What is significant?
The warehouse at 129-131 Flinders Lane is a three storey bluestone building built for Levy and Robertson in 1857. The basement has oregon timber columns and beams. Externally the ground floor is heavily rusticated in a variety of finishes and is punctured with one semi-elliptical and two semi-circular arch openings. The central opening was the original entrance. The stuccoed upper storey is more austere, comprising of three windows with light architrave mouldings and slightly heavier hoods. Quoins and a cornice and parapet complete the main facade. The contractors were Nation and Company and the building was possibly designed by Robertson and Hale. Levy and Robertson (later Levy Brothers and Company) were established in the 1850s and became a large importing and wholesale business. Levy and Robertson moved to larger premises in the late 1860s and since that time the building has had a number of tenants. The rear, southern part of the building is a later addition.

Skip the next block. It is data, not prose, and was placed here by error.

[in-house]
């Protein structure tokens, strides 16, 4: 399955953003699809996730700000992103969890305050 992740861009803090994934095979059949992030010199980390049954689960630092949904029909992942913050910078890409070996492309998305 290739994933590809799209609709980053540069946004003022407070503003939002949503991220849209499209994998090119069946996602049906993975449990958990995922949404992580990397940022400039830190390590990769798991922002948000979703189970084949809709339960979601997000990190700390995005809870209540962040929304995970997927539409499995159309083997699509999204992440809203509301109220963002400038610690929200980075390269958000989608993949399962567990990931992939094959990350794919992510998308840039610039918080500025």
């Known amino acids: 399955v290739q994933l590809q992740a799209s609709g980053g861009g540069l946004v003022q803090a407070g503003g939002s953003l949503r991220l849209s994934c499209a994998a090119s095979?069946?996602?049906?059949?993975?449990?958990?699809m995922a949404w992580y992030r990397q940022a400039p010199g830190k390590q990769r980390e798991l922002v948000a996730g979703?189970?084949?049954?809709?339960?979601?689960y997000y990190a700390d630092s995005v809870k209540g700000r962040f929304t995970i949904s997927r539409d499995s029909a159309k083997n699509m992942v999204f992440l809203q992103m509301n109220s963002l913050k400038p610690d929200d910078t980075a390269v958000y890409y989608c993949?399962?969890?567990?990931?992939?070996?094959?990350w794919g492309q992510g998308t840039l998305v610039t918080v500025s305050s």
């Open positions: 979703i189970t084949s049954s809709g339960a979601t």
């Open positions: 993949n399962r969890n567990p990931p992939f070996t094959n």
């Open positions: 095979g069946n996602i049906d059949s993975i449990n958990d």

How is it significant?
The warehouse at 129-131 Flinders Lane is of historical and architectural significance to the State of Victoria.
Why is it significant?
The warehouse at 129-131 Flinders Lane is historically significant as one of the oldest warehouses in the Central Business District. It is particularly unusual as the oldest building of its type in the eastern part of the City.
The warehouse at 129-131 Flinders Lane is architecturally significant as a fine example, for its proportioning and detail, of the Renaissance Revival style. The fine quality rusticated ground floor stonework contrasts to the relatively plain upper storey, and draws for inspiration on the architecture of High Renaissance palazzi.